Discover the story of Claude Shannon, the brilliant mind behind the Information Age, in this elegantly written biography by Jimmy Soni and Rob Goodman. Shannon was a groundbreaking polymath who created the first wearable computer, outsmarted Vegas casinos, and wrote the seminal text of the digital revolution. With unique access to Shannon's family and friends, A Mind at Play reveals the remarkable human behind some of the most important contributions to our modern world.
PS/ Jimmy’s last book (co-author w/ Rob Goodman) was also fantastic—“A Mind at Play: How Claude Shannon Invented the Information Age” Perhaps enjoy this podcast we did together: – source
"Play Nice But Win" is the gripping tale of how the founder and CEO of one of America's biggest tech companies, Michael Dell, fought to launch, keep, and transform his company. Dell takes us on a journey through the highs and lows of Dell Technologies' evolution in a rapidly changing industry, filled with competitors who became friends, foes, or both. With sincerity and humor, "Play Nice But Win" reminds us that technology is ultimately about people and their potential, and it takes a leader to build something that lasts.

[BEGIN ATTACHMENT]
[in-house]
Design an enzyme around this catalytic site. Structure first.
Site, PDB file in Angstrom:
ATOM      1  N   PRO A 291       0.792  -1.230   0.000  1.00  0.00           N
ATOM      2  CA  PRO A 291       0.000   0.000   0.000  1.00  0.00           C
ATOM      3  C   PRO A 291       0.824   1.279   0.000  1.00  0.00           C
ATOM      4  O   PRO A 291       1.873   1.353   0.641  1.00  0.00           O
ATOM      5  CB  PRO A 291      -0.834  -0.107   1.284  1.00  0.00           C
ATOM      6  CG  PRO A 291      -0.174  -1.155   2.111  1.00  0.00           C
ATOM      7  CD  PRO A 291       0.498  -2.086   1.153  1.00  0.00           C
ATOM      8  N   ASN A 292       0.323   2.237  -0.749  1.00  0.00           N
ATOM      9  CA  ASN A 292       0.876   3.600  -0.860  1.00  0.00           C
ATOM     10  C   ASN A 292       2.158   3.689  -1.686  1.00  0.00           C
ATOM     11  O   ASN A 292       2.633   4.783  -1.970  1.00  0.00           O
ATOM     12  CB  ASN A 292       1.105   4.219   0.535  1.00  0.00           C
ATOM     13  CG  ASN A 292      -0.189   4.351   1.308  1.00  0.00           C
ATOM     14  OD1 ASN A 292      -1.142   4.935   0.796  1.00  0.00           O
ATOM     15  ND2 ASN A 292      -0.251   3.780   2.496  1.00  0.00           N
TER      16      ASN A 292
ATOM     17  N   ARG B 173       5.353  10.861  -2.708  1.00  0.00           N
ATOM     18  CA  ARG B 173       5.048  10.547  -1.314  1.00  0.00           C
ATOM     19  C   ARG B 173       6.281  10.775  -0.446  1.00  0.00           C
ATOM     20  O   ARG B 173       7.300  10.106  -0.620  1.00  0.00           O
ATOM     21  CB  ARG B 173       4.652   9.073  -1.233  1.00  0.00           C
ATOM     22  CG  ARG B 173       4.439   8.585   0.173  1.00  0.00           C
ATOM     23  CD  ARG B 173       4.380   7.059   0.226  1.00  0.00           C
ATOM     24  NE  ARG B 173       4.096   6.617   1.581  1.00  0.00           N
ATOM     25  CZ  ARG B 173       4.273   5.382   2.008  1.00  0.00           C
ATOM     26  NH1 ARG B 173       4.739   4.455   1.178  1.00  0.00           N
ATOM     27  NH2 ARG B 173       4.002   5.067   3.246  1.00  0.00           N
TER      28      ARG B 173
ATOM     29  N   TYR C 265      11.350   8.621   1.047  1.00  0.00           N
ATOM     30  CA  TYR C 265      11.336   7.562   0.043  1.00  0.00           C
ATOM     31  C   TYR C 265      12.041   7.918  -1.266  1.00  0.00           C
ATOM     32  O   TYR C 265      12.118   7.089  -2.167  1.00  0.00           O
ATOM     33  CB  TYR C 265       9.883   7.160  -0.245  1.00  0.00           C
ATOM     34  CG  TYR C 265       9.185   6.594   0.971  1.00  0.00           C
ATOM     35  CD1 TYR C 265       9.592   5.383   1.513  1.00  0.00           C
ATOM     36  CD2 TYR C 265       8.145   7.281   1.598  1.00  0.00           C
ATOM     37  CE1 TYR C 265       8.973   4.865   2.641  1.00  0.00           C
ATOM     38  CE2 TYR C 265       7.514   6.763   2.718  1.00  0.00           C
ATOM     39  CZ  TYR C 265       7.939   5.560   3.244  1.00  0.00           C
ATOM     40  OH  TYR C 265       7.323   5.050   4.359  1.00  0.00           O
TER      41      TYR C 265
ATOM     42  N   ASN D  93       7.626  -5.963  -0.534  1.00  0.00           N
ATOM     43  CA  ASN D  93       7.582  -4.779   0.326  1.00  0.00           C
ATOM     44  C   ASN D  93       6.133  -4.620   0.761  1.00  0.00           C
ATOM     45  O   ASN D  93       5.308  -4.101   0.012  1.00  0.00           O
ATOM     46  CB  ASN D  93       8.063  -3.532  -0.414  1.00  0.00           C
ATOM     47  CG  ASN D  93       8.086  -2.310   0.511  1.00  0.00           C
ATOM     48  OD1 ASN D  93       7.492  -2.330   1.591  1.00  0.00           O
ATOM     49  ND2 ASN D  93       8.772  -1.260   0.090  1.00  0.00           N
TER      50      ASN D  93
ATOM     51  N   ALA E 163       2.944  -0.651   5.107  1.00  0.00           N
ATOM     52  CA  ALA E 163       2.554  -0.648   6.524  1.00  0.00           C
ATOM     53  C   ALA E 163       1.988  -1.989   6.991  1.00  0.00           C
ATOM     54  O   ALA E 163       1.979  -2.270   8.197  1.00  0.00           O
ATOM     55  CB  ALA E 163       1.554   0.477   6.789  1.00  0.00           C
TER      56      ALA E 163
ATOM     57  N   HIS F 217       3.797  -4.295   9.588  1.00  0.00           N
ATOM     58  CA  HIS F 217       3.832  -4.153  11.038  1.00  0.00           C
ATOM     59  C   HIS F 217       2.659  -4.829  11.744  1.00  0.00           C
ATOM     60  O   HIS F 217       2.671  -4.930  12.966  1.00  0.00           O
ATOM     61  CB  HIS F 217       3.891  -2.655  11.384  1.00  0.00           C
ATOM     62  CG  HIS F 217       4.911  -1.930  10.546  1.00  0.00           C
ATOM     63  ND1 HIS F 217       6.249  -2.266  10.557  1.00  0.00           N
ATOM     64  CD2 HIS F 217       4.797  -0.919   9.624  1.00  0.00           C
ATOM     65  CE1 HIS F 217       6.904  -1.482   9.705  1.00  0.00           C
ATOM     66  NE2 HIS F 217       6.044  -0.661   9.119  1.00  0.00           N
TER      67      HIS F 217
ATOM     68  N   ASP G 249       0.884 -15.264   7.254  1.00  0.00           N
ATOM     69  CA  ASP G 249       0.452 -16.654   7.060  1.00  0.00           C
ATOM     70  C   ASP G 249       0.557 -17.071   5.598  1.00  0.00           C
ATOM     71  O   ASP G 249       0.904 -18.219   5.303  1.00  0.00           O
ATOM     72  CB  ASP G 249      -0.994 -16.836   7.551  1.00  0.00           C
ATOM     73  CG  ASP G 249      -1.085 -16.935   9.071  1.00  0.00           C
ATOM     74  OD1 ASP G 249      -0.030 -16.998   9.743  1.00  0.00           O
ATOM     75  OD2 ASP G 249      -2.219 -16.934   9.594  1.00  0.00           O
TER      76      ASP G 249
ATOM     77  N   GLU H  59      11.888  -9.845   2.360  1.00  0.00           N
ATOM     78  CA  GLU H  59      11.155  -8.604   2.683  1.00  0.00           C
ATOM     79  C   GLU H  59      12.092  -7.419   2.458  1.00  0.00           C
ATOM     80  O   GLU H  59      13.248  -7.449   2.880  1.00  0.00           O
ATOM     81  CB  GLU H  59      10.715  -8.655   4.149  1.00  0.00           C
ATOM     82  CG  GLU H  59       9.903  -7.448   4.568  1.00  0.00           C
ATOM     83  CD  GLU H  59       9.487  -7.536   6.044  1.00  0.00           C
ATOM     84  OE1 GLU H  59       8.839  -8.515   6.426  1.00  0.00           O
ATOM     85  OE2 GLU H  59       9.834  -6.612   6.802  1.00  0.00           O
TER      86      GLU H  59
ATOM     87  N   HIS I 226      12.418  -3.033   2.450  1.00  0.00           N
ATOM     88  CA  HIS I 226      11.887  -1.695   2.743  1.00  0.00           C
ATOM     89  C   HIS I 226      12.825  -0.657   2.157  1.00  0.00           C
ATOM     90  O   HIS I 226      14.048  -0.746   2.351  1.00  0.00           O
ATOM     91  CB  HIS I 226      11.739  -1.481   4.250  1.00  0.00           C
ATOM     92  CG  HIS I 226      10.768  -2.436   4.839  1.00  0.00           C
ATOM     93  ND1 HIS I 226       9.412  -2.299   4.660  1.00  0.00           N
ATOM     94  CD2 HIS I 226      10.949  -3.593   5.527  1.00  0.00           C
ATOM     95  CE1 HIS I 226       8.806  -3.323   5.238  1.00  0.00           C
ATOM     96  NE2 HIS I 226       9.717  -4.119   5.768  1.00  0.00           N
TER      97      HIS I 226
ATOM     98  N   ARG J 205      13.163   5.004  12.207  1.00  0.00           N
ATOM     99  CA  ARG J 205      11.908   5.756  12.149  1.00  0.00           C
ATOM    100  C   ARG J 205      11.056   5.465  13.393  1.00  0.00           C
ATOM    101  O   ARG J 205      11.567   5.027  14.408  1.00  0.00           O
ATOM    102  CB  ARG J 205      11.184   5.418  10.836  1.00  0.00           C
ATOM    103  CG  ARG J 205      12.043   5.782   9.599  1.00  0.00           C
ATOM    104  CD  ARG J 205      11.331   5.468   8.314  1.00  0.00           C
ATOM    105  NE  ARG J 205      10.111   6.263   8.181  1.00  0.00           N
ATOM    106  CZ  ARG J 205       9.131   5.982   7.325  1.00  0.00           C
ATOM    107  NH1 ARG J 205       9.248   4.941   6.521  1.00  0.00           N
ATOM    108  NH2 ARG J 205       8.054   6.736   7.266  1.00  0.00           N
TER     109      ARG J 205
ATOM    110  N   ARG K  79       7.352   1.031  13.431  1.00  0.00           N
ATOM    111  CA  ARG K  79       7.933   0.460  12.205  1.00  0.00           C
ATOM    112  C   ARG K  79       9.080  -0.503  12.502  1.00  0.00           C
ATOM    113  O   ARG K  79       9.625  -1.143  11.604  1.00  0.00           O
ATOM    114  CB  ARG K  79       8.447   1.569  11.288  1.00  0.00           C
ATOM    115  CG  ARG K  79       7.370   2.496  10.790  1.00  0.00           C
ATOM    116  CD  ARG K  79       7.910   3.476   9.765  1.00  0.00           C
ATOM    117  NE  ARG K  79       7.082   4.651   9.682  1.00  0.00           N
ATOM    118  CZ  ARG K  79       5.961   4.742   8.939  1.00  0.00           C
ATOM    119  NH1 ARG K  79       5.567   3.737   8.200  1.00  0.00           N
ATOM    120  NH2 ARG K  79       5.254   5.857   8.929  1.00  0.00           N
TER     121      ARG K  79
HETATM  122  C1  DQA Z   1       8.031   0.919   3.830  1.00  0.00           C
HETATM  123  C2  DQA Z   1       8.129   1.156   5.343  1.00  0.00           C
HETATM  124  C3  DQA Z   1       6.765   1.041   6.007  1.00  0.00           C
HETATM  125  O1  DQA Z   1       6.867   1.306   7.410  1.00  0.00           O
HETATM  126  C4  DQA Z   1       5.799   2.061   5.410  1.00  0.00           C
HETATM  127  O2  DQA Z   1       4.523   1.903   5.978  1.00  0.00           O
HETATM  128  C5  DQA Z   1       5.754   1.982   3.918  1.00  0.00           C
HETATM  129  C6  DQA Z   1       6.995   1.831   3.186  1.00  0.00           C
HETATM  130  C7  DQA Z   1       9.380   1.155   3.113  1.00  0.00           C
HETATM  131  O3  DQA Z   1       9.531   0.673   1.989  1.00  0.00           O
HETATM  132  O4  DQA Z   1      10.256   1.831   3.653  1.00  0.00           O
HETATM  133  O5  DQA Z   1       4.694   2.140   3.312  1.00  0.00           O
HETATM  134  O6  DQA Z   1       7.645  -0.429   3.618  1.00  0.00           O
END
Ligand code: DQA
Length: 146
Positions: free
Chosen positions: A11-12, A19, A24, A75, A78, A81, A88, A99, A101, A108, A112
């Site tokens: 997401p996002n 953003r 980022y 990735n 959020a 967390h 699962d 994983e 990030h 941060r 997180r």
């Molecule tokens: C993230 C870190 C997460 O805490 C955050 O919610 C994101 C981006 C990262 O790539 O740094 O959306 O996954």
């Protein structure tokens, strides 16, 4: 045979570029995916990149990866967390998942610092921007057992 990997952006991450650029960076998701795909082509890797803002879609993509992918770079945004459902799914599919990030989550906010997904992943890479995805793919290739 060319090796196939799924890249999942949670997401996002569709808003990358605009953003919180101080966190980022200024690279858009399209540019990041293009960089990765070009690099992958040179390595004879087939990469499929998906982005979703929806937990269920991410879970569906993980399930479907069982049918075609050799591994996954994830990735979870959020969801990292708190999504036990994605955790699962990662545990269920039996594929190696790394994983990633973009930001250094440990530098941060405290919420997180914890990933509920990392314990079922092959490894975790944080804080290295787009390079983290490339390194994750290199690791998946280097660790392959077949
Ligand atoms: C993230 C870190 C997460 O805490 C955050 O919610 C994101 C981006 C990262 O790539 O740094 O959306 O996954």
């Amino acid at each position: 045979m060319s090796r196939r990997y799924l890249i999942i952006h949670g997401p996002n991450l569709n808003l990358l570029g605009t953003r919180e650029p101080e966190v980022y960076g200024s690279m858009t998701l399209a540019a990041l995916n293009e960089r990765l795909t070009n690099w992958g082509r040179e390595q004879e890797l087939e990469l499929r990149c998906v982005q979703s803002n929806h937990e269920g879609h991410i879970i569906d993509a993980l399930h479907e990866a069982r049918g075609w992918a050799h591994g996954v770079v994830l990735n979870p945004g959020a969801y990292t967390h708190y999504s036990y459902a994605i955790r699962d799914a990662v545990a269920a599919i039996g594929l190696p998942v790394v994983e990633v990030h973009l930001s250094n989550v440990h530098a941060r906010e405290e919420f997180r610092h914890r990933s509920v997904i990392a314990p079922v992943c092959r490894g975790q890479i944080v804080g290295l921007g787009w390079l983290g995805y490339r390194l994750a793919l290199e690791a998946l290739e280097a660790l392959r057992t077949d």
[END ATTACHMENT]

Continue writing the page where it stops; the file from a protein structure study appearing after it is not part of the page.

@rebootdude The audio book is fantastic because of Michael’s narration. I got the printed book because it has some wonderful photos in it. – source
Also recommended byAlok Kejriwal
Rawhide Down by Del Quentin Wilber
DEC Is Dead, Long Live DEC by Edgar H. Schein
Married to the Mouse by Richard E. Foglesong
Memories that Shaped an Industry by Emerson W. Pugh
IBM's 360 and Early 370 Systems by Emerson W. Pugh